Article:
What you need to know
- Microsoft kicked off its Defending Democracy Program in 2018.
- As part of the program, it introduced its ElectionGuard technology.
- That technology is about to be integrated into a U.S. voting system vendor's products for a pilot run.
Somehow, the simple act of casting a vote in an election has become the center of national headaches and outrage. Between a former U.S. president who claimed 2020's presidential election was rigged and lawmakers enacting voting policies that some claim are discriminatory in nature, the endless screaming over ballot casting has never been louder (if we ignore the centuries of debates over which demographics are allowed to vote and only pay attention to the last ten years). That's why Microsoft is working to make voting secure, efficient, accessible, and transparent.
In 2019, as part of its loftily titled Defending Democracy Program (opens in new tab), Microsoft introduced ElectionGuard (opens in new tab), software that the company claimed would enable "end-to-end verification of elections, open results to third-party organizations for secure validation, and allow individual voters to confirm their votes were correctly counted."
Fast-forward to today. Microsoft has now announced (opens in new tab) its partnership with Hart InterCivic. Hart will integrate ElectionGuard into its products, which means that it'll be the first big U.S. voting system vendor to utilize Microsoft's election-minded software.
"The team at Hart has done exceptional work to combine the benefits of a paper ballot-based voting system with the best the ElectionGuard technology has to offer," said Microsoft's Tom Burt, corporate vice president of customer security and trust. "We're excited that voters will be able to experience the confidence ElectionGuard can bring to the process while voting on machines from a company that has been supporting elections for more than a century."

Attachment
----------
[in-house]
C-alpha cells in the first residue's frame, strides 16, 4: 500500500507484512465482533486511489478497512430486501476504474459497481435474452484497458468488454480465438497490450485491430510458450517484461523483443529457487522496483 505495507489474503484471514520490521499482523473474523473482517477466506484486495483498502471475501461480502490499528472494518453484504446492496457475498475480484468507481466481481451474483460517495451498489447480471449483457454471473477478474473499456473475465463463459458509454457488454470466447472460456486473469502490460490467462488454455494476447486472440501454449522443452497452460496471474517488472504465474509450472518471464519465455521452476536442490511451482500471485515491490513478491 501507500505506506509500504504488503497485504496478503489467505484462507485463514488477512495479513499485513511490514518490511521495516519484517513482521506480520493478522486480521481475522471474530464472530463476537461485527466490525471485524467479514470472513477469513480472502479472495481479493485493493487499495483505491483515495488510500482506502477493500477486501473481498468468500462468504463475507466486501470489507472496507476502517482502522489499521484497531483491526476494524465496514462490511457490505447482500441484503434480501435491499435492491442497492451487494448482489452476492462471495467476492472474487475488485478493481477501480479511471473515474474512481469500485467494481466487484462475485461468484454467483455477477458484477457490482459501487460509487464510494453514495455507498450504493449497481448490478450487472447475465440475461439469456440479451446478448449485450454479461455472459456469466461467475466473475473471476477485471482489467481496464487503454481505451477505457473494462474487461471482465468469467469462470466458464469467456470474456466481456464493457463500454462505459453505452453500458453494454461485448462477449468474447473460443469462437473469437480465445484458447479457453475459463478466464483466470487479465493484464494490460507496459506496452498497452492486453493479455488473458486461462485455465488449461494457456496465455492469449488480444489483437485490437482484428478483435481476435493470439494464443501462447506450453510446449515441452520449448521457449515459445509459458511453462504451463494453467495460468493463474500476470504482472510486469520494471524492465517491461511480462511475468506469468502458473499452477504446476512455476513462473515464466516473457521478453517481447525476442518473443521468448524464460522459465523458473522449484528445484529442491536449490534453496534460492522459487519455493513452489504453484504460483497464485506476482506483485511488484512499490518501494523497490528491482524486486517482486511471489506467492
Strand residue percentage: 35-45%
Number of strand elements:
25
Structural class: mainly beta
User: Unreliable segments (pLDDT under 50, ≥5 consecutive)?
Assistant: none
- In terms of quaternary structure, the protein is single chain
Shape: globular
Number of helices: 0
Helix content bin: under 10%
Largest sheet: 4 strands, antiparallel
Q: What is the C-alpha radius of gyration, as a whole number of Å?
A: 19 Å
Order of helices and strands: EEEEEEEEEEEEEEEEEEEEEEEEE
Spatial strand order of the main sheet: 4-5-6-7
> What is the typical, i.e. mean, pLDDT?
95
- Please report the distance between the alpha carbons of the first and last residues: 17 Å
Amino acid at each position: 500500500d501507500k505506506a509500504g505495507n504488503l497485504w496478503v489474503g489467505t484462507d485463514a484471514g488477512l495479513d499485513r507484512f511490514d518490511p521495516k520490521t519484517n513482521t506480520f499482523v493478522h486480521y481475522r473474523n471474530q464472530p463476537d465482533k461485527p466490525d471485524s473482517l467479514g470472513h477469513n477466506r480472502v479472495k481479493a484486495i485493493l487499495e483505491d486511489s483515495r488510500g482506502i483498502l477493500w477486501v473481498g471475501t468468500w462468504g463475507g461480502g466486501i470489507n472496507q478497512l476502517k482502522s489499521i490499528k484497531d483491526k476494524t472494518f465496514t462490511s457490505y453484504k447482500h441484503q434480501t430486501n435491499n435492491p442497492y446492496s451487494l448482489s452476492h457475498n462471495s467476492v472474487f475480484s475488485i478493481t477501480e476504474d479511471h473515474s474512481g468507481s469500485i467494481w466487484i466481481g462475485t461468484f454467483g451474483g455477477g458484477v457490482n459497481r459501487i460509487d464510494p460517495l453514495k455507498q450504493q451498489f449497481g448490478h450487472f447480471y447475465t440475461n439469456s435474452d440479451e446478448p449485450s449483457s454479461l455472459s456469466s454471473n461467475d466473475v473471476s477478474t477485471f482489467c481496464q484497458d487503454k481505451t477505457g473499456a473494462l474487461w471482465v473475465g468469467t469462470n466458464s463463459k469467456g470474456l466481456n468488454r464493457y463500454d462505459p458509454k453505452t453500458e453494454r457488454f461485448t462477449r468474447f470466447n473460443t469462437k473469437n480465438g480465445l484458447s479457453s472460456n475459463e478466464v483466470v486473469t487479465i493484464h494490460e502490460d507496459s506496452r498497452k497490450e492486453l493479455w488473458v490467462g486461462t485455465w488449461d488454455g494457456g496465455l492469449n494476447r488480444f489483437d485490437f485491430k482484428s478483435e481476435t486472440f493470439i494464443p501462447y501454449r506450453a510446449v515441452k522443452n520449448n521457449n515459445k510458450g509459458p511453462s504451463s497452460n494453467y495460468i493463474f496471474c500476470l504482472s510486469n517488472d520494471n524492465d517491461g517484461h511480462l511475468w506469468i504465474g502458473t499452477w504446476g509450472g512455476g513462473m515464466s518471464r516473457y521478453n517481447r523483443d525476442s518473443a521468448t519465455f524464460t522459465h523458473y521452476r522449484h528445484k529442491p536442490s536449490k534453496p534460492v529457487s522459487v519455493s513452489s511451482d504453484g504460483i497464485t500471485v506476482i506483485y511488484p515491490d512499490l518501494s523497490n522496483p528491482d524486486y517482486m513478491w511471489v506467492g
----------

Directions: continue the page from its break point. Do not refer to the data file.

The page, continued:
ElectionGuard being instated in standard polling stations for, say, a U.S. presidential election is still a long way off, given that it's been two years since the software's announcement and it's only now entering the pilot phase. The road to anything being officially injected into U.S. voting procedures usually isn't a quick one, so it may be a while before Microsoft's efforts bear fruit. Still, it's getting closer to, in its own words, defending democracy.
Robert Carnevale is the News Editor for Windows Central. He's a big fan of Kinect (it lives on in his heart), Sonic the Hedgehog, and the legendary intersection of those two titans, Sonic Free Riders. He is the author of Cold War 2395. Have a useful tip? Send it to firstname.lastname@example.org.
Cudos to the author. It's been a while since WC took a politically neutral position. Literally every other news site has extreme biases. One way or the other. So thank you WC. Keep up the awesome work.
We're tryin' here! The thanks are appreciated.
I don't believe Microsoft is neutral in the political arena.
The other commenter was referring to the perceived lack of political bias in the current reporting on Microsoft (this article), not the political biases expressed by Microsoft itself.
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